Step 3: Listen for God’s response.
43An angel from heaven appeared to him and strengthened him.
The cause for the lament was not undone. Jesus would still have to go to suffer. Yes, God will address the sources of our lament. He is not deaf to our concerns. But the point of the lament is not to get God to fix everything we’re upset about it. He may. He may not. He may later. He may already have and we don’t know it yet.
What God did do was send a messenger with strength for Jesus. This is the point of the Lament. Strength from the heavens for the path we are given to walk here on earth. Maybe it comes in a word of truth from the Spirit about the area of loss you are lamenting. Maybe it comes from something a friend says to you. Maybe it comes from a passage of scripture you are directed towards that strengthens you. Maybe it comes from a sense of God’s embrace and presence in the midst of your loss.
[My experience recently…]
The net effect of lamenting is really quite profound.
For Jesus, it meant he was able to be in control on the path he was on instead of being controlled by it.
Then he returned to the disciples and said to them, “Are you still sleeping and resting? Look, the hour is near, and the Son of Man is delivered into the hands of sinners. Rise! Let us go! Here comes my betrayer!”
Throughout the rest of the story, you get the sense that the only one who is fully in charge of himself is Jesus, even though these incredibly powerful forces are at work around him (the mob, the political and religious leaders, evil itself). In lamenting, he gave all of their power over him to God, and he was set free to be who God made him to be in those moments.
It’s interesting if you read the Psalms of lament as well. So many that contain laments end with a note of praise, of hope. There is something that happens in lamenting that opens the door afresh in our hearts for hope. There is a way we encounter God in lament that gives us new reason to praise, even though nothing has actually happened with regard to the loss we are lamenting.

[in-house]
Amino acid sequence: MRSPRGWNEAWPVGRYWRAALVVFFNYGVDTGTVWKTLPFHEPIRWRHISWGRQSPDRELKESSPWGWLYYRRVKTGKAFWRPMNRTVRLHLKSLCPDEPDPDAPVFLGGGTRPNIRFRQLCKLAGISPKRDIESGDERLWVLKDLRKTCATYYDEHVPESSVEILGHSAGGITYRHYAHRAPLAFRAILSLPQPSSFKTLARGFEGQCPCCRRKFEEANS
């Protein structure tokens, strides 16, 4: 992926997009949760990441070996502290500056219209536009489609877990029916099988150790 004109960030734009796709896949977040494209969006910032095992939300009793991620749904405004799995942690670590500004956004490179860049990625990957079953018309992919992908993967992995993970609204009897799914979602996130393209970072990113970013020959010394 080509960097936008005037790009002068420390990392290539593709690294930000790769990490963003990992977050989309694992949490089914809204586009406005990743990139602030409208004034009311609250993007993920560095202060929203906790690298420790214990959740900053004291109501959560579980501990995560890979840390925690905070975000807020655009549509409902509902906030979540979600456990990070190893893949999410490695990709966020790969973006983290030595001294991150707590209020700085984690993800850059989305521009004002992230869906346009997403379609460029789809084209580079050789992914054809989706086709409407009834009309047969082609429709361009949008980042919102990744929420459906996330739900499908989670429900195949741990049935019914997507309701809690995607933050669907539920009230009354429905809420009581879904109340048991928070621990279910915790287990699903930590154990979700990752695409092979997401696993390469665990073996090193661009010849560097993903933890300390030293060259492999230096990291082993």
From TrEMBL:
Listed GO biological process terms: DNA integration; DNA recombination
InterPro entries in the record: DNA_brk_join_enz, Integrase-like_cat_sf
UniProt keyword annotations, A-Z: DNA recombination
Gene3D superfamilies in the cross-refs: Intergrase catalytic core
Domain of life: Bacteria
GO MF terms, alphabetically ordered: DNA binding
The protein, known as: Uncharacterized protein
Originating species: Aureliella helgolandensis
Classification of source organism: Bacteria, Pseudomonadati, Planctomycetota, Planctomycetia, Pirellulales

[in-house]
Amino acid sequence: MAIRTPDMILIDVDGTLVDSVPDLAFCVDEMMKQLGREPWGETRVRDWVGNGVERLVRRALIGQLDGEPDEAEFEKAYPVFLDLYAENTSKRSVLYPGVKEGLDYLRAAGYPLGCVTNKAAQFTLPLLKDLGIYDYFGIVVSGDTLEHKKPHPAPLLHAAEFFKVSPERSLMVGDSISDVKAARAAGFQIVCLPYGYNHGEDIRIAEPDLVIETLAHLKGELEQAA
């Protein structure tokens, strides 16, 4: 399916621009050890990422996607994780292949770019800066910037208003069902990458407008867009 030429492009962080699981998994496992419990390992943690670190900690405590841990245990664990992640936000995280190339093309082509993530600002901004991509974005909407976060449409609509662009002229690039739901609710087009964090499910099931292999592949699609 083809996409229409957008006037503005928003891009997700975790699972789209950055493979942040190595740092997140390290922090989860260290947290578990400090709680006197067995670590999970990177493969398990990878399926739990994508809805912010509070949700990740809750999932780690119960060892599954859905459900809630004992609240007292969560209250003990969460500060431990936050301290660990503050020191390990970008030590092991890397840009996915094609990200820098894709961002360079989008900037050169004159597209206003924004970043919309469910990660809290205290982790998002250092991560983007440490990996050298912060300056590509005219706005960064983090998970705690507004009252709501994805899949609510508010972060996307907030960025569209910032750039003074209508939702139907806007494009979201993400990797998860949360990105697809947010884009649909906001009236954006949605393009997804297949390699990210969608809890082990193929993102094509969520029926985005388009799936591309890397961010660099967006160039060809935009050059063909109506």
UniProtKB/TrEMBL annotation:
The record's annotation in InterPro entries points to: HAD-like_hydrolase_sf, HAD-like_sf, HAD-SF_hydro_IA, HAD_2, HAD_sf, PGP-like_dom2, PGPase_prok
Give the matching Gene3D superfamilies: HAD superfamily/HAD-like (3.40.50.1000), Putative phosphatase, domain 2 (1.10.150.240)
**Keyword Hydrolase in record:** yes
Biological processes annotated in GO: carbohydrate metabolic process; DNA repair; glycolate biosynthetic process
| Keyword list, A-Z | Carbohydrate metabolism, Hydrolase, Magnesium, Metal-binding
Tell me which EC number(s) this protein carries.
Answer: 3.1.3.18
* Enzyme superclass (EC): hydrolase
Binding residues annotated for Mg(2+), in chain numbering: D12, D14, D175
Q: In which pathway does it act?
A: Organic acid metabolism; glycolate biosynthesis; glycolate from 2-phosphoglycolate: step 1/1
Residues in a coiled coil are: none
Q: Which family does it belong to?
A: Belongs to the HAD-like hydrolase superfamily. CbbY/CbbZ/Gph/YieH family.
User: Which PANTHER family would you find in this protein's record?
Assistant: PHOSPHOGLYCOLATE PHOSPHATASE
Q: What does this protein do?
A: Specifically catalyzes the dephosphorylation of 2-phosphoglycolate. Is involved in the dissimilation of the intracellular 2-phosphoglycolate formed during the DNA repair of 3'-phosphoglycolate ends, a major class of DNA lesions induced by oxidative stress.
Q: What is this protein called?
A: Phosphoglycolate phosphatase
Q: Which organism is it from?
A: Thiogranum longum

1. For those for whom there’s no really raw losses to lament at the moment: Take the next week to lament 1 thing a day, just to get the hang of it for when you really need it. Maybe start with a run-of-the-mill disappointment. Not getting a promotion. Some personal deficiency that’s always bothered you a little (not being able to sing, being bad at sports, being terrible at math). Try a different place each day until you find a place that works well (someplace in your house, someplace outside, in your car, etc.). Try a different method until you find a method that works well (writing, speaking out loud, praying in your head, calling your own voicemail and imagining your leaving a message for God). Aim for a 60 second lament, but go as long as you feel like it. Be as honest as you can. If you feel like it’s fruitful, try something more significant. Like a relationship that isn’t in good shape. Or a long term personal struggle. Don’t worry about who is to blame or whether or not you think it will ever be fixed. Just lament it as the loss that it currently is.
2. If you’ve got a raw loss (a death, a fresh relationship fracture, a major life disappointment, a new normal ahead that you’re not excited about), get a friend or spouse who can help guard some time and space for you to do a more extended lament with the Lord. Maybe start with Psalm 13, out loud, to get yourself warmed up. And then just go for it. Write it down. Say it out loud. Say it matter of factly. Cry. Or don’t cry. Be angry. Or rational and calm. Doesn’t matter – just be yourself. Then imagine Jesus is next to you, doing his own lamenting alongside of you. Imagine you are both in the garden at the mount of Olives, lamenting together. When you’re done, read Psalm 22 out loud, remembering that that was how Jesus finished his lament on the cross.
3. If your lament is mainly about you and God, spend some time meditating on Lamentations 3:1-33. Try rewriting it in a way that would be true for your experience. Once you have, read it out loud to him.
4. Give your kids space to lament. What they learn to do with you will help them lament to the Lord later.